Passwords are a means of controlling access to Information Resources. Unauthorised access can compromise information confidentiality, integrity and availability resulting in loss of revenue, liability, loss of trust or embarrassment to an organisation.
Passwords must:Be changed when promptedBe changed immediately if the security of the password is in doubtBe treated as confidential informationHave a minimum length of 8 charactersBe comprised of a combination of alpha, numeric or special charactersNot be shared, donated or transmitted
A strong password is constructed so that another user or a “hacker” program cannot easily guess it. It is typically a minimum number of positions in length and contains a combination of alphabetic, numeric, or special characters. Combine short, unrelated words with numbers, special characters, or mixed case. For example: eAt42peNs (remembered as “Eat for two pence”)
Constructing a Strong Password
A strong password is needed for a number of reasons: in short, people wishing to crack your password will use a piece of hardware, called a war-dialler which contains a batch of software. This software contains every dictionary and thesaurus written in most languages. The war-dialler then attempts to break your password by checking it against all the words it holds within the software.
It is therefore in your own best interest, both at home and at work, to construct a strong password. This makes it less likely that the software will be able to break your password.
Strong Password Guidelines
Passwords should not be easily related to such personal information as:your username or logon ID your employee numberyour given namenames of family, friends, pets, co-workers, fantasy characters, etc.your nicknameyour social security or driver’s license numberyour birthdayyour car registrationyour address or street nameyour phone numberthe name of your town or citythe name or abbreviation of your company or departmentcomputer terms and names, commands, sites, companies hardware, software, etc.common industry terms or acronymsword or number patterns such as aaabbb, zyxwvut, 123321, etc.makes or models of vehiclesslang wordsobscenitiestechnical termsschool names, school mascot, or school slogansany information about you that is known or is easy to learn (favourite - food, colour, sport, etc.) words that appear in a dictionary (English or foreign)the reverse of any of the abovethe same as other passwords selected for personal use outside of the office or passwords commonly used on public web sites.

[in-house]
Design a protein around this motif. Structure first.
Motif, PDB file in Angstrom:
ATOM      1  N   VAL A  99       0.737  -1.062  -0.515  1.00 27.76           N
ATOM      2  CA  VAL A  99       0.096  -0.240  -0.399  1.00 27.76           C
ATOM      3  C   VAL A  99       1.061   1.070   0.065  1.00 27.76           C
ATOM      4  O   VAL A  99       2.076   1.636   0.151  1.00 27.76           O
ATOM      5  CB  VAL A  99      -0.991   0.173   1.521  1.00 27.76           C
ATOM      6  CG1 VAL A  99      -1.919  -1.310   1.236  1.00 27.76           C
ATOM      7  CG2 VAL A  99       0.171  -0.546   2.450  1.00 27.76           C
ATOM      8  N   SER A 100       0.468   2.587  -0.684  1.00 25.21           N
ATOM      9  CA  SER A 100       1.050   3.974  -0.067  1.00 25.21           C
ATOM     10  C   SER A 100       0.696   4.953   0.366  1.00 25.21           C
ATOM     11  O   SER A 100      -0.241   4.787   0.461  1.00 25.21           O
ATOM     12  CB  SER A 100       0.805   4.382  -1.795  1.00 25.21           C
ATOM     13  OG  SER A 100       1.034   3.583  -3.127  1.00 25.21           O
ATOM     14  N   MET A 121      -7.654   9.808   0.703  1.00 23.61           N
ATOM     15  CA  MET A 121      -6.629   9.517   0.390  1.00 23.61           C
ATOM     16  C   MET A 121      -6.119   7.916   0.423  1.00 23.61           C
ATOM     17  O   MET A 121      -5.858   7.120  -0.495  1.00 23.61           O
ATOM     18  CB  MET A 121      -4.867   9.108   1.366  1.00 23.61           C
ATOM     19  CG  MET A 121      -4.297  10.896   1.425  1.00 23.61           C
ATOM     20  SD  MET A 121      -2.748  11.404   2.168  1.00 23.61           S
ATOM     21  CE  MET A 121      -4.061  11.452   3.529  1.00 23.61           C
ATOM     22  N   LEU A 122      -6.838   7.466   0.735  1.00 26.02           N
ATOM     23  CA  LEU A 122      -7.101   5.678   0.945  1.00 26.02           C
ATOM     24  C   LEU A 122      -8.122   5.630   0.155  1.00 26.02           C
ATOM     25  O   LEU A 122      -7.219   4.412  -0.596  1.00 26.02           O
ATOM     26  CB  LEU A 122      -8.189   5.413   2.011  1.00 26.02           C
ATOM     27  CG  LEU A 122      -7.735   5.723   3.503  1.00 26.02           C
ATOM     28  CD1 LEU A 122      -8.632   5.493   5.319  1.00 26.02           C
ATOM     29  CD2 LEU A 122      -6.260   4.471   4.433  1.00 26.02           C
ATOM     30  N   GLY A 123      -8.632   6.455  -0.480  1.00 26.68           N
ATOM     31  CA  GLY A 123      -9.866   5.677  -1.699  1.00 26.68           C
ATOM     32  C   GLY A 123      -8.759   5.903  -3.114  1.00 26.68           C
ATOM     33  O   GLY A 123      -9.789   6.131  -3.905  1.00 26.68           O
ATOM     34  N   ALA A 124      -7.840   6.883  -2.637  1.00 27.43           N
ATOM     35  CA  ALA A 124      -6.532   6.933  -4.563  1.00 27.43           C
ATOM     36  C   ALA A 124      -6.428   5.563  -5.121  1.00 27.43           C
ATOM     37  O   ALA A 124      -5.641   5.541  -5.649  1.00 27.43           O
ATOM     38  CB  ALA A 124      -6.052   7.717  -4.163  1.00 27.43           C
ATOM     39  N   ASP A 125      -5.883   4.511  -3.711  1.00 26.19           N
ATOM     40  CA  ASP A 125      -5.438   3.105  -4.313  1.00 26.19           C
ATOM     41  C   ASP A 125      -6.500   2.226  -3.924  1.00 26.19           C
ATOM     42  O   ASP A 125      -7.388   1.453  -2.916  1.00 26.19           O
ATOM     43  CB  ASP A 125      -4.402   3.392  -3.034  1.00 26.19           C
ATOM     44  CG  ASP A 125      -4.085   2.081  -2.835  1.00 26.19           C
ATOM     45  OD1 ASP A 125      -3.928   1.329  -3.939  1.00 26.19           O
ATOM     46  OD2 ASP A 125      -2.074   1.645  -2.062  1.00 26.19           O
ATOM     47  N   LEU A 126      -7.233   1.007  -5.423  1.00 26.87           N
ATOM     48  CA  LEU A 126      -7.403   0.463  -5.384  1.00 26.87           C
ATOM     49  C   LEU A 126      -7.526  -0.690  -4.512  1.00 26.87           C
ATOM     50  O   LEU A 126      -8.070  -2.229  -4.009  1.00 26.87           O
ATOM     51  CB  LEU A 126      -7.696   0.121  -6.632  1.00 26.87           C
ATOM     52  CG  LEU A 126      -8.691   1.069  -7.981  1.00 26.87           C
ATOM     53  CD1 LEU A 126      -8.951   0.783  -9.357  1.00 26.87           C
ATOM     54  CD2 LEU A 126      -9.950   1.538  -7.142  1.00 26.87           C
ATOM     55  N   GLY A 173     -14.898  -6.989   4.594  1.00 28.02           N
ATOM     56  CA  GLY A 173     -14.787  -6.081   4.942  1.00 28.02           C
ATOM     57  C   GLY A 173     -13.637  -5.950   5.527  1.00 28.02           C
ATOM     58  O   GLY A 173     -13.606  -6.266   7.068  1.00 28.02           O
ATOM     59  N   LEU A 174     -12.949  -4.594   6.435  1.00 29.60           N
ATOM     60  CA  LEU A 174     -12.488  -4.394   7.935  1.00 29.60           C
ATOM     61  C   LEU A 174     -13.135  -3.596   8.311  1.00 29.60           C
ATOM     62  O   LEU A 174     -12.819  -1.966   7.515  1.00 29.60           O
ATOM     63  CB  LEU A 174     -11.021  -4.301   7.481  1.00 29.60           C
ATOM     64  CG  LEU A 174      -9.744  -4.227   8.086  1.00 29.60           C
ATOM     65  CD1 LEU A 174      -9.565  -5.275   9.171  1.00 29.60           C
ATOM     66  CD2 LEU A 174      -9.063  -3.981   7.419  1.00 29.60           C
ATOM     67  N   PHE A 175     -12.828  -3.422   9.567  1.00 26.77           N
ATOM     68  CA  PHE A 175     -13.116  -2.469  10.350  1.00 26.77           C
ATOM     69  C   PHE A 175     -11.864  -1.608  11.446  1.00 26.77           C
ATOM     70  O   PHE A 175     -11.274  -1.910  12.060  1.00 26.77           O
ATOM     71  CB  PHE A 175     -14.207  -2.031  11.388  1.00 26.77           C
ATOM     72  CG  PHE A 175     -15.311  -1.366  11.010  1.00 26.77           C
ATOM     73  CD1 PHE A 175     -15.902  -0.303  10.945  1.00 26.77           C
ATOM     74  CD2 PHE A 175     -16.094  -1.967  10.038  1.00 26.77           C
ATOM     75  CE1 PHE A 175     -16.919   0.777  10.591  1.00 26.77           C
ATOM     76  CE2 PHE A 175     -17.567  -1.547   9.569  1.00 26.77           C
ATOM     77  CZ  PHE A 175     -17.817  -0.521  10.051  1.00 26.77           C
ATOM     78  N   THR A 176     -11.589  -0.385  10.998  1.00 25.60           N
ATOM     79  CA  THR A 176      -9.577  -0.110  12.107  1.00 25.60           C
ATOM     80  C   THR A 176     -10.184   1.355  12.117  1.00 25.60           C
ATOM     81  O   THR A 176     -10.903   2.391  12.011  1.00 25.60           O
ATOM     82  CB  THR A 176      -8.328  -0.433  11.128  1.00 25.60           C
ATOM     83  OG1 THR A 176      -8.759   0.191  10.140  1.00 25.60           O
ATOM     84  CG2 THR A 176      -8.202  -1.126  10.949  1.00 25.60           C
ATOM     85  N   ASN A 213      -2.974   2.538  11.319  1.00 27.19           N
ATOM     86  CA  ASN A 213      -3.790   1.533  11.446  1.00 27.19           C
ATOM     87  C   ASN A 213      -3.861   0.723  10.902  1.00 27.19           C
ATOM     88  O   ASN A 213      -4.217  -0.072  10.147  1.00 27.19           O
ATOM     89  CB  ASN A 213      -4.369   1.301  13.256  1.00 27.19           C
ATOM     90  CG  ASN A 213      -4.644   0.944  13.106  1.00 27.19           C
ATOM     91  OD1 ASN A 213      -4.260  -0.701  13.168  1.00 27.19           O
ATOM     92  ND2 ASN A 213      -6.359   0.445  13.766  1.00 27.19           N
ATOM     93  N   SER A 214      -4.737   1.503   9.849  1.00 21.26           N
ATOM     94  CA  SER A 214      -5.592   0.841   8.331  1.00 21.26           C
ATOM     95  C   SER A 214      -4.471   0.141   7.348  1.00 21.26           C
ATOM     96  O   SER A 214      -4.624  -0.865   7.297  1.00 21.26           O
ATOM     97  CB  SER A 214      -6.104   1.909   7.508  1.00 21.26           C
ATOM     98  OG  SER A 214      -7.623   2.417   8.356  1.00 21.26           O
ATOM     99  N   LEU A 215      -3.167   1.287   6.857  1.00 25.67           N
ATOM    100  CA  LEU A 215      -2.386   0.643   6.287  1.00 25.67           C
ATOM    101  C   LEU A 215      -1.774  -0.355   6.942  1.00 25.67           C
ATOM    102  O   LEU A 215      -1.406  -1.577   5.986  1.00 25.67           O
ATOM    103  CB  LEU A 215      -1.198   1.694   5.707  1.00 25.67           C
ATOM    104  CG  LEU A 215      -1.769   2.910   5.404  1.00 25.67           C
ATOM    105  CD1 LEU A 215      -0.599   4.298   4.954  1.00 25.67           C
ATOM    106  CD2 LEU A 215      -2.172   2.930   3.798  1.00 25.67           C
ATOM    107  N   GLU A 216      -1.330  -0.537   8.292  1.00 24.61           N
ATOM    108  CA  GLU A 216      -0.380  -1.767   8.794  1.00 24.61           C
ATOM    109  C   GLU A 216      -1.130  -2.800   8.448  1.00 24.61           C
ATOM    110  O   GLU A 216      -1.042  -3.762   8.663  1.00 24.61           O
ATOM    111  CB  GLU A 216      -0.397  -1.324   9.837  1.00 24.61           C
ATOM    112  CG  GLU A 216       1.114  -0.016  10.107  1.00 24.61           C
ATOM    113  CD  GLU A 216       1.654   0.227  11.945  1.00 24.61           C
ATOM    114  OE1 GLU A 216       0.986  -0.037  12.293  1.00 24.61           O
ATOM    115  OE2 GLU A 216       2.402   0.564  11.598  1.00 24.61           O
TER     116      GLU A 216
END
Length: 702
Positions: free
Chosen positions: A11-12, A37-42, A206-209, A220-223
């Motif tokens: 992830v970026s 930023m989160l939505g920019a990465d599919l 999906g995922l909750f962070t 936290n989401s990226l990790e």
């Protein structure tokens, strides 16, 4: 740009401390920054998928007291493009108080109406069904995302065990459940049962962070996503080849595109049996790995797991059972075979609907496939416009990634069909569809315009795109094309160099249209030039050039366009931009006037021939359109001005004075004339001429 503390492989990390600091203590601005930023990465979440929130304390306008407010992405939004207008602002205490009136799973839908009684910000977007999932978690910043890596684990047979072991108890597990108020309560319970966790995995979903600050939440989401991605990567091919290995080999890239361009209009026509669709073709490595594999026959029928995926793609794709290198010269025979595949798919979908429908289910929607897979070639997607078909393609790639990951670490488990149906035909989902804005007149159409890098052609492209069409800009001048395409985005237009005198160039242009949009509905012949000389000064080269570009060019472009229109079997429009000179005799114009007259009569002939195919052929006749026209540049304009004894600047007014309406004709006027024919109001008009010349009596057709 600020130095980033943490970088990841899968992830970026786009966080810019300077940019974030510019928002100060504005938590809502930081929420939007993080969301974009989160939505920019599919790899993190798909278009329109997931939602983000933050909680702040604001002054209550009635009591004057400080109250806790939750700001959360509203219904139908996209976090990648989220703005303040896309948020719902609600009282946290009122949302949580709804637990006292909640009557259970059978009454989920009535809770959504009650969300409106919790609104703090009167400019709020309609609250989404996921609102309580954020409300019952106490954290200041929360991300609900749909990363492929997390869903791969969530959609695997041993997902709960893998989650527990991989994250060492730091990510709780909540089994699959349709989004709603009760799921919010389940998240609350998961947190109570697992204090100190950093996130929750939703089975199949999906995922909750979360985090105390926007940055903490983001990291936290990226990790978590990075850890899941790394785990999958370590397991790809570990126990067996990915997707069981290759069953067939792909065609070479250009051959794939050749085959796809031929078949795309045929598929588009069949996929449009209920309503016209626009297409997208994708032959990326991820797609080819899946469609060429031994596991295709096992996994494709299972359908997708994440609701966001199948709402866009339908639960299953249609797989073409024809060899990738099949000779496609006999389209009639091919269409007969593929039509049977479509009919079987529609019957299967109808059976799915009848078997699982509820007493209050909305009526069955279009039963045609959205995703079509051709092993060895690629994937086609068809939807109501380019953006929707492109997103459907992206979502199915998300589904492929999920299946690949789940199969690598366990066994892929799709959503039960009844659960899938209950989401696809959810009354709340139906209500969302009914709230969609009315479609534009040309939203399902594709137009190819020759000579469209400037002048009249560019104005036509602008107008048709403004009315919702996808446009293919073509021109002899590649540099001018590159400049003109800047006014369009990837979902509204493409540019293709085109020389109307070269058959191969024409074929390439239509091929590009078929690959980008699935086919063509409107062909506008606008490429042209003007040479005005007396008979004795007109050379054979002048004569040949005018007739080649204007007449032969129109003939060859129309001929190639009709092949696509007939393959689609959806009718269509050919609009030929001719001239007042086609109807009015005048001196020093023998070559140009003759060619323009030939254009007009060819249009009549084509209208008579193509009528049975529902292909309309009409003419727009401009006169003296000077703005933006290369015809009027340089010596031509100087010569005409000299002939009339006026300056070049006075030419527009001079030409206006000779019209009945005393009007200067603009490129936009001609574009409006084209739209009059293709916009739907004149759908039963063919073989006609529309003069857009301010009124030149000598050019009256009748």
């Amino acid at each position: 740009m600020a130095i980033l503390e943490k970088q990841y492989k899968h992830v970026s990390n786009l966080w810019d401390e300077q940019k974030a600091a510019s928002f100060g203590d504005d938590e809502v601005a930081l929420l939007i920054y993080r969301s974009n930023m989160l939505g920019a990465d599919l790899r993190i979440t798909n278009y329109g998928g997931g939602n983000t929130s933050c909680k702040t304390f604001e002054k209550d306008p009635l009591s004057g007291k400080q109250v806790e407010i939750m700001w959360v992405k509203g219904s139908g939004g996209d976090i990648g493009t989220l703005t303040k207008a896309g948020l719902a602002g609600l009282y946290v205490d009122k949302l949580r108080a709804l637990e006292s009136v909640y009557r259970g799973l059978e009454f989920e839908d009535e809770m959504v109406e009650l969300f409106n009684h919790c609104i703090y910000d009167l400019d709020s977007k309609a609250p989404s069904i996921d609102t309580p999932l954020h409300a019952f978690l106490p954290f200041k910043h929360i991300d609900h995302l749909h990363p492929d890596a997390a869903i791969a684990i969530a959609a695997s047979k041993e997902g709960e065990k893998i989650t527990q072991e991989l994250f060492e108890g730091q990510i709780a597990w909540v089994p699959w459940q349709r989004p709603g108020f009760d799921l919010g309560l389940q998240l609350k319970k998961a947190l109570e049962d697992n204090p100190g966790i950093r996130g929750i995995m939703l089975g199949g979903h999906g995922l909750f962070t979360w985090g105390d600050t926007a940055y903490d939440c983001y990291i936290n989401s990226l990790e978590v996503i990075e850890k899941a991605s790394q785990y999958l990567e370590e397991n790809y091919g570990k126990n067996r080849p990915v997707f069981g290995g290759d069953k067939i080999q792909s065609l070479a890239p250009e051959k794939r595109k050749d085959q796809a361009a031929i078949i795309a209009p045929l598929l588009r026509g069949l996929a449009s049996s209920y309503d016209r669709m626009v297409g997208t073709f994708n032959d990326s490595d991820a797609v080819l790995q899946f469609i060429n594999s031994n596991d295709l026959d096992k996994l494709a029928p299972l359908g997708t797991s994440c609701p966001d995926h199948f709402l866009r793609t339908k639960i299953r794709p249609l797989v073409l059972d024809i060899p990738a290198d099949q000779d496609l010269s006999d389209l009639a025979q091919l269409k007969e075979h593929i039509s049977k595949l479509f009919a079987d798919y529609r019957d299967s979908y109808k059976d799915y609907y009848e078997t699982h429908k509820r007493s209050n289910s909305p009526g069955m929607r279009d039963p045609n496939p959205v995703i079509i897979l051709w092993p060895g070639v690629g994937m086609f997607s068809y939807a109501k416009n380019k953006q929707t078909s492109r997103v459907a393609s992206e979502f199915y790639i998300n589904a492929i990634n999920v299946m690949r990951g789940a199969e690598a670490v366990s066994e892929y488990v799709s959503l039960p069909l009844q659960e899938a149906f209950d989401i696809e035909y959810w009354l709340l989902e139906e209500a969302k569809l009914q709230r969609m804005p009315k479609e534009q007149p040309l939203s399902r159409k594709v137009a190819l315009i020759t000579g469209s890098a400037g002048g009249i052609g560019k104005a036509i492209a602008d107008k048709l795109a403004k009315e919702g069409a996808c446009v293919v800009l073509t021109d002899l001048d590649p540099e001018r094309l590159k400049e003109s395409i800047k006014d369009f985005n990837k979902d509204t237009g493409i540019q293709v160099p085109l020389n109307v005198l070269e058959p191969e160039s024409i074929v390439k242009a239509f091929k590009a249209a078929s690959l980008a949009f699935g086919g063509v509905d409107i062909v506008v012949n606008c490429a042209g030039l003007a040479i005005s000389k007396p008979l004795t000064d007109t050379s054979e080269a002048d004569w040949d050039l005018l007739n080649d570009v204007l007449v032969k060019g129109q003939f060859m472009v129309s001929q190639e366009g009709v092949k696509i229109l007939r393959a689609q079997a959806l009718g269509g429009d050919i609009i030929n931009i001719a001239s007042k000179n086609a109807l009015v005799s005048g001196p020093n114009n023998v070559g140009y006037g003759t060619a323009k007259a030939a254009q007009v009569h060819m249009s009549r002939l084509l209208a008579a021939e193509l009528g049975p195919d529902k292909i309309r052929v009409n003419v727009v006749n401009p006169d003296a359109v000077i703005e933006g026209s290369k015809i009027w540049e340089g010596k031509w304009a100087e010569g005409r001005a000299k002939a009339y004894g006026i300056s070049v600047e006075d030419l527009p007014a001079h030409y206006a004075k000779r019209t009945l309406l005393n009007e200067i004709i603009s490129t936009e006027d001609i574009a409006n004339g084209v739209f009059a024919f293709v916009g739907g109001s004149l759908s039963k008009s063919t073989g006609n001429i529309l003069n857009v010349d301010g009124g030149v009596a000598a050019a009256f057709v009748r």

Most importantly, do not use the same password for everything! If you do, you are putting yourself and the trust at high risk. If your password for one site, program or system is broken, then they will all be broken – that will allow the hacker access to everything!